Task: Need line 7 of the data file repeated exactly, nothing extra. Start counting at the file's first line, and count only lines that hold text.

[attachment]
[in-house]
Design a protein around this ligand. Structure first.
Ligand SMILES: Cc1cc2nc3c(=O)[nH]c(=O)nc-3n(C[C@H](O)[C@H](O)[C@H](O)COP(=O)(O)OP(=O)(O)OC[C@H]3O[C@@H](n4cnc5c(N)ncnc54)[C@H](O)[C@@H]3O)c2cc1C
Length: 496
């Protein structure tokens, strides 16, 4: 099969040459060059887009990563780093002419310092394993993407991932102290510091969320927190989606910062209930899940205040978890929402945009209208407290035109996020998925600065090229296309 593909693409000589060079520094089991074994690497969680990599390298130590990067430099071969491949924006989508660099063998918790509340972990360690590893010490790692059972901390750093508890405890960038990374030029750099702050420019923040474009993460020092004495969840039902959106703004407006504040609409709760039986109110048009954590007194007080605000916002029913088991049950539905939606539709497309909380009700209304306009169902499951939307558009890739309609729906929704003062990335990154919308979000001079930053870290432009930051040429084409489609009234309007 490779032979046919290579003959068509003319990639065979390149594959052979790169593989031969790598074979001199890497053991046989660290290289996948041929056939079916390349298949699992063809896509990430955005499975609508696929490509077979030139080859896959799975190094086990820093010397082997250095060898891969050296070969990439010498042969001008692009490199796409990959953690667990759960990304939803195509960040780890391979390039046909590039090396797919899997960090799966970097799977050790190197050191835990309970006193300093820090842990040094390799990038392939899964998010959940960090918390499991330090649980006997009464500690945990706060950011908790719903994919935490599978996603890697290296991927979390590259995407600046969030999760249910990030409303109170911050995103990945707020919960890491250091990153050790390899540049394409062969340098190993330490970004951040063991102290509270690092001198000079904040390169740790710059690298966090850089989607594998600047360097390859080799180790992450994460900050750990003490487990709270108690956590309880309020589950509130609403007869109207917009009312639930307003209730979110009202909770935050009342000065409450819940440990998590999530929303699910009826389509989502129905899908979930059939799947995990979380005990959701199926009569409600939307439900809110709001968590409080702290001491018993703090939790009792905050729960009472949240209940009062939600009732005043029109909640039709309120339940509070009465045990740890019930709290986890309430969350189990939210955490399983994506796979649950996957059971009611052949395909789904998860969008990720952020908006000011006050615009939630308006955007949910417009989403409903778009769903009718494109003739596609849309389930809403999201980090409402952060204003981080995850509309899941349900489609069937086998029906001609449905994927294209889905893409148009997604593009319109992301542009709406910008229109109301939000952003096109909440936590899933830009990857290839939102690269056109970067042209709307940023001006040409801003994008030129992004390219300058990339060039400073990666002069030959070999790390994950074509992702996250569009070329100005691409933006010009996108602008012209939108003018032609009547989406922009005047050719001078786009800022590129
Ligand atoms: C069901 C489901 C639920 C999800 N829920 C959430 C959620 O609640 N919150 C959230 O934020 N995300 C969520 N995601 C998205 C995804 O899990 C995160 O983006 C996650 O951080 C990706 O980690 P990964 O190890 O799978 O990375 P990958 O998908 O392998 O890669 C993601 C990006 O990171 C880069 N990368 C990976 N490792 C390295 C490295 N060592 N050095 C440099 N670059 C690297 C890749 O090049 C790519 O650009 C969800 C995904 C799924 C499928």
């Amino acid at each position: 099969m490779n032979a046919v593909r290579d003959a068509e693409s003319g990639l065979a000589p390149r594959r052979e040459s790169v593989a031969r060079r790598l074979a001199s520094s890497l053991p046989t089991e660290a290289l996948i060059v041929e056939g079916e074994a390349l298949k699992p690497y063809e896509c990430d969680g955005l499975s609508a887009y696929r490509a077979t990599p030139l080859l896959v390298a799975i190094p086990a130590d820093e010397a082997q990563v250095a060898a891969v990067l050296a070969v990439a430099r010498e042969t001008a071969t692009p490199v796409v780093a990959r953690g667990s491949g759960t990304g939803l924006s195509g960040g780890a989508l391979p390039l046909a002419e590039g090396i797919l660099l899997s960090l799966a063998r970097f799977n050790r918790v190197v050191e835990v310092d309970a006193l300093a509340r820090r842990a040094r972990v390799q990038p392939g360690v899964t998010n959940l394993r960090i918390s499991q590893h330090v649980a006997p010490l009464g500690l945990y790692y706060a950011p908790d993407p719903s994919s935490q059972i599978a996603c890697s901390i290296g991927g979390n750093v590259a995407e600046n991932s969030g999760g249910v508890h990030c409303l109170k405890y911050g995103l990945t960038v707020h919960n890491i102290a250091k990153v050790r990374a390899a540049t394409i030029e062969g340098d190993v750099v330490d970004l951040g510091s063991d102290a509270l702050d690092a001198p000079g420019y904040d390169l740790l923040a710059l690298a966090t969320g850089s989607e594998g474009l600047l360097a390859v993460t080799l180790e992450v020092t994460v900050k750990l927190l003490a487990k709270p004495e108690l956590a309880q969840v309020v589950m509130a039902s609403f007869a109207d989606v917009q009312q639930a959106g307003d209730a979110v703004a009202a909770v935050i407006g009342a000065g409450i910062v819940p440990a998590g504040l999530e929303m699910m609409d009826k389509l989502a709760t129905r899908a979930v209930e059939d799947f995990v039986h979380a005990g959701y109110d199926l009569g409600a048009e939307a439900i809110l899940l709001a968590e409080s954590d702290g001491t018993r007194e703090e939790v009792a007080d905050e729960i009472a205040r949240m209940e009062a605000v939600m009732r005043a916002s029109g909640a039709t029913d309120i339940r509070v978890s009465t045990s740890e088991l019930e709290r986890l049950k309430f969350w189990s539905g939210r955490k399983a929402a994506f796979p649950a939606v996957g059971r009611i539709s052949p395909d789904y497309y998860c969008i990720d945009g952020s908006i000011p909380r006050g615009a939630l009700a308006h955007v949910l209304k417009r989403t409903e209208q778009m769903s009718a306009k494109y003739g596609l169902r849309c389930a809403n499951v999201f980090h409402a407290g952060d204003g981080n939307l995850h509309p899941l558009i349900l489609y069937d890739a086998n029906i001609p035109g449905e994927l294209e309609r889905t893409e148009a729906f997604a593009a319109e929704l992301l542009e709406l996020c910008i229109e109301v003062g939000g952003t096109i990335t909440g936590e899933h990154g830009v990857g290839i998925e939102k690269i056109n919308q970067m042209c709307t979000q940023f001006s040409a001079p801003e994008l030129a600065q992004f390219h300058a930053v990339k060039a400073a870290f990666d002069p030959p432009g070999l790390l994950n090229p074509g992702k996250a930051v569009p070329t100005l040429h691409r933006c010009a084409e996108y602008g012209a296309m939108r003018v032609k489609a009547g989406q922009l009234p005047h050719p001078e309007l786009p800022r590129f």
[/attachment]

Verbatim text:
């Amino acid at each position: 099969m490779n032979a046919v593909r290579d003959a068509e693409s003319g990639l065979a000589p390149r594959r052979e040459s790169v593989a031969r060079r790598l074979a001199s520094s890497l053991p046989t089991e660290a290289l996948i060059v041929e056939g079916e074994a390349l298949k699992p690497y063809e896509c990430d969680g955005l499975s609508a887009y696929r490509a077979t990599p030139l080859l896959v390298a799975i190094p086990a130590d820093e010397a082997q990563v250095a060898a891969v990067l050296a070969v990439a430099r010498e042969t001008a071969t692009p490199v796409v780093a990959r953690g667990s491949g759960t990304g939803l924006s195509g960040g780890a989508l391979p390039l046909a002419e590039g090396i797919l660099l899997s960090l799966a063998r970097f799977n050790r918790v190197v050191e835990v310092d309970a006193l300093a509340r820090r842990a040094r972990v390799q990038p392939g360690v899964t998010n959940l394993r960090i918390s499991q590893h330090v649980a006997p010490l009464g500690l945990y790692y706060a950011p908790d993407p719903s994919s935490q059972i599978a996603c890697s901390i290296g991927g979390n750093v590259a995407e600046n991932s969030g999760g249910v508890h990030c409303l109170k405890y911050g995103l990945t960038v707020h919960n890491i102290a250091k990153v050790r990374a390899a540049t394409i030029e062969g340098d190993v750099v330490d970004l951040g510091s063991d102290a509270l702050d690092a001198p000079g420019y904040d390169l740790l923040a710059l690298a966090t969320g850089s989607e594998g474009l600047l360097a390859v993460t080799l180790e992450v020092t994460v900050k750990l927190l003490a487990k709270p004495e108690l956590a309880q969840v309020v589950m509130a039902s609403f007869a109207d989606v917009q009312q639930a959106g307003d209730a979110v703004a009202a909770v935050i407006g009342a000065g409450i910062v819940p440990a998590g504040l999530e929303m699910m609409d009826k389509l989502a709760t129905r899908a979930v209930e059939d799947f995990v039986h979380a005990g959701y109110d199926l009569g409600a048009e939307a439900i809110l899940l709001a968590e409080s954590d702290g001491t018993r007194e703090e939790v009792a007080d905050e729960i009472a205040r949240m209940e009062a605000v939600m009732r005043a916002s029109g909640a039709t029913d309120i339940r509070v978890s009465t045990s740890e088991l019930e709290r986890l049950k309430f969350w189990s539905g939210r955490k399983a929402a994506f796979p649950a939606v996957g059971r009611i539709s052949p395909d789904y497309y998860c969008i990720d945009g952020s908006i000011p909380r006050g615009a939630l009700a308006h955007v949910l209304k417009r989403t409903e209208q778009m769903s009718a306009k494109y003739g596609l169902r849309c389930a809403n499951v999201f980090h409402a407290g952060d204003g981080n939307l995850h509309p899941l558009i349900l489609y069937d890739a086998n029906i001609p035109g449905e994927l294209e309609r889905t893409e148009a729906f997604a593009a319109e929704l992301l542009e709406l996020c910008i229109e109301v003062g939000g952003t096109i990335t909440g936590e899933h990154g830009v990857g290839i998925e939102k690269i056109n919308q970067m042209c709307t979000q940023f001006s040409a001079p801003e994008l030129a600065q992004f390219h300058a930053v990339k060039a400073a870290f990666d002069p030959p432009g070999l790390l994950n090229p074509g992702k996250a930051v569009p070329t100005l040429h691409r933006c010009a084409e996108y602008g012209a296309m939108r003018v032609k489609a009547g989406q922009l009234p005047h050719p001078e309007l786009p800022r590129f």